Sunday 26 November 2017

An Epic Week, in Several Senses

An epic week. Robert Mugabe’s 37-year rule in Zimbabwe ended, an event headlined in NewsDay Zimbabwe as ‘Epic Fall of a Dictator’. Less epically, I helped host Professor Emily Wilson when she came to my university to talk about her superb new translation of the Odyssey.

It's a literary landmark and an epic achievement which I predict will rival previous stellar Odysseys by Alexander Pope and E.V. Rieu. Rieu’s was only knocked off the top of the list for bestselling paperback in the UK by Lady Chatterley’s Lover. I discuss Wilson’s version in a Telegraph review which I was told would come out this weekend, but haven’t yet seen as it is, er, not my regular newspaper. I will provide a link here soon.

On Thursday I felt like the academic equivalent of an epic warrior since it was the most strenuous day of my entire working life. In Our Time with Melvyn Bragg and my mates Paul Cartledge and Sam Gartland was about Thebes, believed by the ancients to be the oldest Greek city of all. Epic poems about its serial sieges and ‘epic fail’ royals were composed from the Bronze Age to Statius’ Thebaid and beyond.

First Gresham Lecture
From Broadcasting House I dashed to Gresham College in Chancery Lane, where at 1300 I gave my inaugural lecture as Visiting Professor. It was on the epic movie Troy, the epic poem the Iliad, and the Mycenaeans they both portray. It can be watched here

The best thing about the movie is the casting. Brian Cox’s Agamemnon is always in my head when I teach the Iliad: this Mycenaean monarch combines the raucousness of Cox’s working-class Dundee childhood with the nastiness of President Snow in The Hunger Games. Even our pets look terrified when he raises the war-cry on our TV (the epithet 'good at the war-cry' is not actually used of him in the Iliad, rather of Menelaus and Diomedes, but Cox is so good at it that I'll tolerate the inaccuracy).

Brian Cox, the Definitive Agamemnon
Thence quickly to Nottingham, where at 1800 I lectured to the local Classical Association on Virgil’s Aeneid and possible Carthaginian sources—even epic poems?—lost when the Romans ‘deleted’ the library of Carthage along with the rest of the city in 146 BCE. The venue happened to be Nottingham Girls’ High School, which I attended in the 1970s. This brought back memories of reading Virgil there myself, and already preferring Homer.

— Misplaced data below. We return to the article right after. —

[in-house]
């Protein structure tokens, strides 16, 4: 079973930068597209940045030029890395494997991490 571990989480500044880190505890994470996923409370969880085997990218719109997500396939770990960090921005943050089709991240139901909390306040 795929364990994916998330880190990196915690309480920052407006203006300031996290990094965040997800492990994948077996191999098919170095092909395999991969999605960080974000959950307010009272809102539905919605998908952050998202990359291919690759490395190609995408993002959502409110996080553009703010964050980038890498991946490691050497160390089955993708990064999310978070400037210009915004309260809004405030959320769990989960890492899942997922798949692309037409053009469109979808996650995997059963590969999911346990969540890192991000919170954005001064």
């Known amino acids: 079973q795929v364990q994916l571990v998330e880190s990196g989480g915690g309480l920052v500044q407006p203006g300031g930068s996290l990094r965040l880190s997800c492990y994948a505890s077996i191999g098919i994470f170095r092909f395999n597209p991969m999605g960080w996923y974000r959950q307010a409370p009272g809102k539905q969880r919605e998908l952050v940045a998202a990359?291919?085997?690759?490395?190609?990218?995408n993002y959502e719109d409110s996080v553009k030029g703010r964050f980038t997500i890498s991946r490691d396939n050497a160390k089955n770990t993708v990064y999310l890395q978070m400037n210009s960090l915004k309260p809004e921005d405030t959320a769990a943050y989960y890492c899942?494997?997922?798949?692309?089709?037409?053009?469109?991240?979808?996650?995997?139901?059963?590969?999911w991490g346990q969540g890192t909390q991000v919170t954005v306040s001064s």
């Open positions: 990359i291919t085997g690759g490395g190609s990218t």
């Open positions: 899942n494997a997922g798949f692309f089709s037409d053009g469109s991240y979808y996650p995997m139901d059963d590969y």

Annihilation of Carthage 

But the week ended with Mother Courage at the Southwark Theatre, directed by Hannah Chissick. It is the best production I’ve ever seen of my favourite piece of Brechtian Epic Theater. It was influenced by both Euripides’ Trojan Women and Aristophanes’ Lysistrata.  Josie Lawrence is remarkable as the woman whose real name was Anna Fierling: Courage got her nickname after braving the non-stop bombardment of Riga to keep on selling bread.
Lawrence: Unforgettable as Mother Courage

Brecht invented the term episches Theater in 1926 because he wanted a new type of non-realist drama that would make audiences think about class oppression rather than sentimentally relate to characters’ plights. But I clearly don’t know how to appreciate Brecht. I ended up with wet eyes both when Courage is forced to disown the corpse of her son Swiss Cheese and when her daughter Kattrin is shot dead at the end.

The word epos  originally began with a 'w' (digamma) 
The ancient Greeks rarely used the adjective ‘epic’, epikos, even to describe poetry. Their noun epos, plural epea, which in Mycenaean times still had its initial w, wepea, meant words of any kind, but especially significant words such as those used in prophecies or promises. Nowadays epic can just mean ‘notable’. 

I also wrote a review, published in the Guardian Wednesday, of Stephen Fry’s charming new retelling of classical myths mostly drawn from epics: Hesiod’s Theogony and Ovid’s Metamorphoses. And I was delighted to read the excellent new book, developed out of a doctoral thesis I supervised, by Miryana Dimitrova. It discusses sources, including Lucan's epic Pharsalia, for Julius Caesar's own epic afterlife on the stages/screens of the world.  This means I have engaged within 5 days on almost all the major classical epics besides the Argonautica. It certainly feels appropriate to describe my own exhaustion today as wepic.
Finlay and Satan Watching Troy

Friday 17 November 2017

Manspreading Modern & Ancient

I’ve been on a lot planes lately, and so am unusually sensitive to manspreading at the moment. This week I spoke at Policy Exchange, a Westminster Think-Tank, on the enduring relevance of Martin Bernal’s Black Athena (1987). I was manspread (manspreaded?) like never before by Tory MP Kwasi Kwarteng. I note that I place my hands in a defensive-rampart postition. He also verbally interrupted me, but he wasn't alone in that.